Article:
PEORIA, Ariz. -- When new Mariners pitching coach Pete Woodworth met promising prospect Justus Sheffield last year, it wasn’t in the best of circumstances.
Sheffield, the key piece in Seattle’s trade with the Yankees for James Paxton, had struggled badly in Triple-A Tacoma and been sent down to Double-A Arkansas to solve his issues. Woodworth, the young pitching coach for Arkansas, wasn’t sure what to expect.
“When guys get demoted, there’s usually a couple days they need to decompress and swallow what has just happened,” Woodworth said. “Sheffield showed up the first day and was so excited to get to work. As soon as he left the office after the first meeting, me and the manager looked at each other and said, ‘That is not what we were expecting.’”
Instead of a wounded prima donna, Sheffield came in as a hungry athlete looking for answers. Woodworth quickly discovered that what the 23-year-old needed most was a chance to rediscover his confidence.
And therein lies one of Woodworth’s strengths: the ability to connect with pitchers and reinforce their positive traits. In Sheffield, he had the perfect combination of a talented athlete with a desire to get better.
“He came in with the right mindset and immediately jumped into the culture we had there,” Woodworth said. “Obviously he’d been around these guys in Spring Training and him and Justin [Dunn] had a good relationship, but he clicked with the other starters and the entire team. Within two hours, he was a Traveler forever.”
“Most of his work was on the mental side. We didn’t do a ton physically. He’s good. He’s talented. He has elite stuff that comes out of his hand. Most of it was just getting him back to knowing who he was, getting confident and throwing his stuff over the plate.”
After going 2-6 with a 6.87 ERA in Tacoma and giving up 41 walks in 48 innings as he tried to nibble on the edges in the homer-happy Pacific Coast League, Sheffield quickly went 2-0 with a 1.00 ERA and no homers in 27 innings over his first four starts with Arkansas, and was 5-3 with a 2.19 ERA in 12 outings when he got the call up to Seattle in late August.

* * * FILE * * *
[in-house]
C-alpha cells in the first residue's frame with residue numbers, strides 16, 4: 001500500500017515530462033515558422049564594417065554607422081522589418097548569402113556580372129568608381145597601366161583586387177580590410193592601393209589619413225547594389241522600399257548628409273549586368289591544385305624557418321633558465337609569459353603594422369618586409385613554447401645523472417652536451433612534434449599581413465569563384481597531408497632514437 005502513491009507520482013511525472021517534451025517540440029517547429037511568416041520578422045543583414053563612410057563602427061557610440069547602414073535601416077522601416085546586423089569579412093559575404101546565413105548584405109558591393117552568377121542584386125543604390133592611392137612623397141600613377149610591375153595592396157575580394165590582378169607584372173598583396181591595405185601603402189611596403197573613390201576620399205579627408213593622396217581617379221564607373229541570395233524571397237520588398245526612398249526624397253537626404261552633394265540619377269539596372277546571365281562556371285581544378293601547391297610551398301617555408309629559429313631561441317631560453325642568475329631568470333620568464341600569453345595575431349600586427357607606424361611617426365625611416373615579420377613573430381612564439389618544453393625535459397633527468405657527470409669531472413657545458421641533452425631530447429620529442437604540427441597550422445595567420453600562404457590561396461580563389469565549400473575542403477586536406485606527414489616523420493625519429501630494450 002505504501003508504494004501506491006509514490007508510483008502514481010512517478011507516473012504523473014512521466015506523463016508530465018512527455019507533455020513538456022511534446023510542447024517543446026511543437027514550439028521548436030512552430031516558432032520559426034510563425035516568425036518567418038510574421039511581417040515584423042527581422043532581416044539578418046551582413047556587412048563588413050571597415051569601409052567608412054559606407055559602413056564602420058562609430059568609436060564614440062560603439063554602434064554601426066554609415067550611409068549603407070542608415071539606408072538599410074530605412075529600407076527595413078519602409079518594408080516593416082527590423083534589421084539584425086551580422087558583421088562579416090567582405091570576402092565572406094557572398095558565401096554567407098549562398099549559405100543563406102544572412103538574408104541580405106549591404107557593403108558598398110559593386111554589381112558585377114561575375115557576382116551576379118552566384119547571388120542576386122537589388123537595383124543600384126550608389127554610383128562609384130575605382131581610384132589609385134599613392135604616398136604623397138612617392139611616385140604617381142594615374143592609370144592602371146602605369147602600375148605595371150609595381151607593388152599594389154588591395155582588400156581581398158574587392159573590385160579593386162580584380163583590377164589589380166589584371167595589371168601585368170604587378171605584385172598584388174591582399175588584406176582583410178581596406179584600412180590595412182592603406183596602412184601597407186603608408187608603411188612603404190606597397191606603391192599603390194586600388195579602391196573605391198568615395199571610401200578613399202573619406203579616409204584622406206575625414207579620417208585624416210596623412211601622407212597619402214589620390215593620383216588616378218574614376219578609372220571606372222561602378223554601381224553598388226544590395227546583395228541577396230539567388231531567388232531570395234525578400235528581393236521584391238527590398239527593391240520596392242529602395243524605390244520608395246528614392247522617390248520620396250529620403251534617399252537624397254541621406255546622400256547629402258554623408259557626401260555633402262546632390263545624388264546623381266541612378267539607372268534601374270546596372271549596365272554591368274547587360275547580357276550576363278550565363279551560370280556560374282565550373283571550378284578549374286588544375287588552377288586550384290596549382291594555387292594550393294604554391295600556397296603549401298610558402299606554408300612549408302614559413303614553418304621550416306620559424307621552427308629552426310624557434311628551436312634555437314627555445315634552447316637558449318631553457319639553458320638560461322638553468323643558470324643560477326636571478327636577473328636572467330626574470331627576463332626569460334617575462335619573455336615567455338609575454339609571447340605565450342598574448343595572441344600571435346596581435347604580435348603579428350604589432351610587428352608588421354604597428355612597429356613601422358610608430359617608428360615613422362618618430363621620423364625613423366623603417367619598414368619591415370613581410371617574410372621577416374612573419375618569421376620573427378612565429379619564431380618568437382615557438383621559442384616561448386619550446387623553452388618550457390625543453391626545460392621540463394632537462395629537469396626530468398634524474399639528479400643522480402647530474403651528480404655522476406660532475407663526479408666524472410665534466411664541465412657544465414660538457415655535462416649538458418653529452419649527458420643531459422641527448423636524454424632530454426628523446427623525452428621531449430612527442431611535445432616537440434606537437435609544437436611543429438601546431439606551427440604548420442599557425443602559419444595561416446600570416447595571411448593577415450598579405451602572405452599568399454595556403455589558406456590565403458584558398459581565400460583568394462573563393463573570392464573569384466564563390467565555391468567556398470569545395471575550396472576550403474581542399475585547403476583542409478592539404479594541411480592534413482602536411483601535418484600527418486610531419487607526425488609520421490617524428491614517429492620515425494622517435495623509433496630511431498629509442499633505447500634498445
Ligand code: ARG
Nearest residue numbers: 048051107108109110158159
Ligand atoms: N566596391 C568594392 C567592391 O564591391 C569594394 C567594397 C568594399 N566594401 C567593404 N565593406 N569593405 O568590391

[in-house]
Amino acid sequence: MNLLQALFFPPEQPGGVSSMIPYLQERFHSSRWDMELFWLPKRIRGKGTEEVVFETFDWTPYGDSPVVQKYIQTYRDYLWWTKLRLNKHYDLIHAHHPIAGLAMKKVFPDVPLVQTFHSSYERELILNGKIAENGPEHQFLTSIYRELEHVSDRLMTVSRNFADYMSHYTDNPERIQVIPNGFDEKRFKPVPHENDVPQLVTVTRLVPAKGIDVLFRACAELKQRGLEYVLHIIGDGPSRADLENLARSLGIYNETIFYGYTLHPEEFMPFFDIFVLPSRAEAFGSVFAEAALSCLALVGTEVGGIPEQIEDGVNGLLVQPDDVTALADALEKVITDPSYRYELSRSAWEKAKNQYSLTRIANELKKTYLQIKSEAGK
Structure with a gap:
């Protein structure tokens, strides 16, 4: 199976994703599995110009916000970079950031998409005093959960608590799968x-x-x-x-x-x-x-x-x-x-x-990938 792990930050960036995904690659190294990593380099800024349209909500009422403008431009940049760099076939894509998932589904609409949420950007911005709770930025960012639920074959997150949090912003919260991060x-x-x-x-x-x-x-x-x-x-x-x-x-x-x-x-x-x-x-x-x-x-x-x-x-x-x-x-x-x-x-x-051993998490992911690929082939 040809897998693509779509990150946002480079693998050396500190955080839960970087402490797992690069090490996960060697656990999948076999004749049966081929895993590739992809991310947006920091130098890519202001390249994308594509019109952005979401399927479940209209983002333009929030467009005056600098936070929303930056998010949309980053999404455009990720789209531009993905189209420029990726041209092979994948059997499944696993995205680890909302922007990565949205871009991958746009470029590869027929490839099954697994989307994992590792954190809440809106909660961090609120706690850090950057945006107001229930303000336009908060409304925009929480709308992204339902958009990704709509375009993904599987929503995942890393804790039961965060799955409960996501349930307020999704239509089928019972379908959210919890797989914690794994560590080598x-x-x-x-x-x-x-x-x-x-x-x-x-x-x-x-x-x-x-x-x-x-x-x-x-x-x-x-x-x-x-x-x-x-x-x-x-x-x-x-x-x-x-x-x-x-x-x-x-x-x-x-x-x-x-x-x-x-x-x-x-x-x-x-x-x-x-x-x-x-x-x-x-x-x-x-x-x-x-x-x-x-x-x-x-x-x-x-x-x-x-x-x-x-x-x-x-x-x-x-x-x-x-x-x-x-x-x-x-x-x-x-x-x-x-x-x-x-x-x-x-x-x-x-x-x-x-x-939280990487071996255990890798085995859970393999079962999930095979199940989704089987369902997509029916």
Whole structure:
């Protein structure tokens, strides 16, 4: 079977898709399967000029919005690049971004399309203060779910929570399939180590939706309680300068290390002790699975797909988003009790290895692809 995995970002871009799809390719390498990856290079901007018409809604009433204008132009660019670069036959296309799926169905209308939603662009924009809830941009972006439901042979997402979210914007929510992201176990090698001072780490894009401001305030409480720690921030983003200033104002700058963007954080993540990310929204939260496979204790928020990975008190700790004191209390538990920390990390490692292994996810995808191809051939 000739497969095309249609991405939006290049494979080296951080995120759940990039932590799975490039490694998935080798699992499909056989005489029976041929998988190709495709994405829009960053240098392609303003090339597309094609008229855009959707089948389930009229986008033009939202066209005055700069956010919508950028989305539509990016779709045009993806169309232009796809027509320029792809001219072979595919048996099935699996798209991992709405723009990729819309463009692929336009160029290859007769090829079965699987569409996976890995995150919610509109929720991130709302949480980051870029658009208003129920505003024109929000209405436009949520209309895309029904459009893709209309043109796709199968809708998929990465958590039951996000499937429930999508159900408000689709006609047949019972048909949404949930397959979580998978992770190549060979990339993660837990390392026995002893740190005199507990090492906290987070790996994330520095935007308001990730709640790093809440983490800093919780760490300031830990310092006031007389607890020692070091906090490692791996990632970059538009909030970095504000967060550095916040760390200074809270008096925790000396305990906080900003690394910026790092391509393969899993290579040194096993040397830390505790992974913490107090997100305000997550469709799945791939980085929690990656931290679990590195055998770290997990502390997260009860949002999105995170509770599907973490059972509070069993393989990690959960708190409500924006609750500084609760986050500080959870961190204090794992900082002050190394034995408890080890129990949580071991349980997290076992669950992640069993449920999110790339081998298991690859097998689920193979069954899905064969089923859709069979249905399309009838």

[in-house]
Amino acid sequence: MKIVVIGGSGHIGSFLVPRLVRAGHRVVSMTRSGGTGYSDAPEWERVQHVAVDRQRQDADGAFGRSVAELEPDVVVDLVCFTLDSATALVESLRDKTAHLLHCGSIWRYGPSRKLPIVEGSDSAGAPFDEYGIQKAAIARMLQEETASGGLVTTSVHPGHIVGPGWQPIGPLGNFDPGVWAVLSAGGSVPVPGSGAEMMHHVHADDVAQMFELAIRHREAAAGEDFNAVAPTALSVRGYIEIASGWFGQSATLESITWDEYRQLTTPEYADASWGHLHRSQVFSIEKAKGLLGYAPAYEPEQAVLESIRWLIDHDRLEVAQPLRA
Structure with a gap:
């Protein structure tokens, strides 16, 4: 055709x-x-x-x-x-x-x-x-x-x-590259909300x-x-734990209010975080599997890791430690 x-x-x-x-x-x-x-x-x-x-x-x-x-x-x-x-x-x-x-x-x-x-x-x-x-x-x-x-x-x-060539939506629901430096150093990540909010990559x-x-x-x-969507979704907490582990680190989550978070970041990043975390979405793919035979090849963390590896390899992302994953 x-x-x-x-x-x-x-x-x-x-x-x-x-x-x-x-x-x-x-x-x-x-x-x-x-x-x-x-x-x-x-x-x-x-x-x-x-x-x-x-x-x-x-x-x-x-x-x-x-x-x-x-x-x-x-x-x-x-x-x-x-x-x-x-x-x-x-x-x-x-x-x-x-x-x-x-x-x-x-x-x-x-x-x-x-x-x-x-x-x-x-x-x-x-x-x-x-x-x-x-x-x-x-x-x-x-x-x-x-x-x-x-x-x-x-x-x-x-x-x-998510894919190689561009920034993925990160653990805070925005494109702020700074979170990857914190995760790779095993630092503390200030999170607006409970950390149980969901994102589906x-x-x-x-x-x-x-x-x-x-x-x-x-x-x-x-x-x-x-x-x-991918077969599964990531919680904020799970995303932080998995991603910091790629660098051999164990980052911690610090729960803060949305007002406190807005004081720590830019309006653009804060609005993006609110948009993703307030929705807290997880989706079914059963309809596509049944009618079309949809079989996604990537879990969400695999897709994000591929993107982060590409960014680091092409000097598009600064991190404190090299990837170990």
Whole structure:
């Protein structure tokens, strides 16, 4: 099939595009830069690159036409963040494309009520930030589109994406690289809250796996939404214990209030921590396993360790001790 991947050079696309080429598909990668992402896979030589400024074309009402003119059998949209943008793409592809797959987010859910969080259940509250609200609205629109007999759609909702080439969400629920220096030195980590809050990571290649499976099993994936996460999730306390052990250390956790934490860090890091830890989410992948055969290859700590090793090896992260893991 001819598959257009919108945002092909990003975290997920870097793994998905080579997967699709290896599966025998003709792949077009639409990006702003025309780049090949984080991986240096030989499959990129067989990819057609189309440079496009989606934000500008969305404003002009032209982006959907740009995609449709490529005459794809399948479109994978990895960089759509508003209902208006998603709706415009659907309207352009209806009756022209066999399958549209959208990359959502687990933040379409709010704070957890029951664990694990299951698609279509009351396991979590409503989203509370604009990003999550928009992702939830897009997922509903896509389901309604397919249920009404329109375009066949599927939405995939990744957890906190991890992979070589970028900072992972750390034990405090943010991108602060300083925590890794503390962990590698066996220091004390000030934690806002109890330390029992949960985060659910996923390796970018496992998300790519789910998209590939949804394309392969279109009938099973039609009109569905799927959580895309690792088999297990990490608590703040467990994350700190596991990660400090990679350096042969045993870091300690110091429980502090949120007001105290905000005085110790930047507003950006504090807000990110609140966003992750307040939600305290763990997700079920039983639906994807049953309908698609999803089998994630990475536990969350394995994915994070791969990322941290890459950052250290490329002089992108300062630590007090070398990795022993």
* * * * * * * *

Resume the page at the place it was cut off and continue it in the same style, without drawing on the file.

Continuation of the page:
While he allowed a 5.45 ERA in seven starts over the final five weeks, Sheffield showed enough to convince the Mariners he belongs in their rotation this year. While fast-rising prospects like Jarred Kelenic, Julio Rodriguez and Logan Gilbert are drawing much of the attention, it is Sheffield -- now ranked as Seattle’s No. 9 prospect by MLB Pipeline -- who may be the most-important rookie this coming season as the Mariners begin piecing together their future rotation.
Sheffield knows this is a proving year for him, as the Indians’ 2014 first-round MLB Draft pick finally gets a full-time shot at a big league starting job.
“For sure,” he said. “I feel like every year is a step forward, but [even more so] this year. I’m looking forward to going out there and competing and changing this thing around and moving forward.”
Woodworth says that demotion to Double-A might have been the perfect tonic for the talented southpaw.
“His first bullpen we watched was like, ‘What? How did this guy not get people out in Tacoma?’” Woodworth said. “I wasn’t there, but those stories happened quite often in the PCL last year. But I’m kind of excited it happened for him, the adversity he went through and really learning how to deal with that. Which is something he and a lot of guys don’t really deal with early in their careers. He had a quick path to the big leagues, so I’m glad it happened to him. He is as well. He learned a lot through that process.”
What exactly did Sheffield discover?
“That I’m a fighter,” said the youngster from Tullahoma, Tenn. “I’ll continue to fight. I’m never going to back down from any challenge or obstacle that’s in my way. Baseball is a game of failure and I understand that. Moving forward, I just have to be able to get past those bad times and live for the highs.”
He’ll get plenty of opportunities for that this season as part of the rotation of the rebuilding Mariners. Only this time, he’ll have Woodworth at his side from start to finish.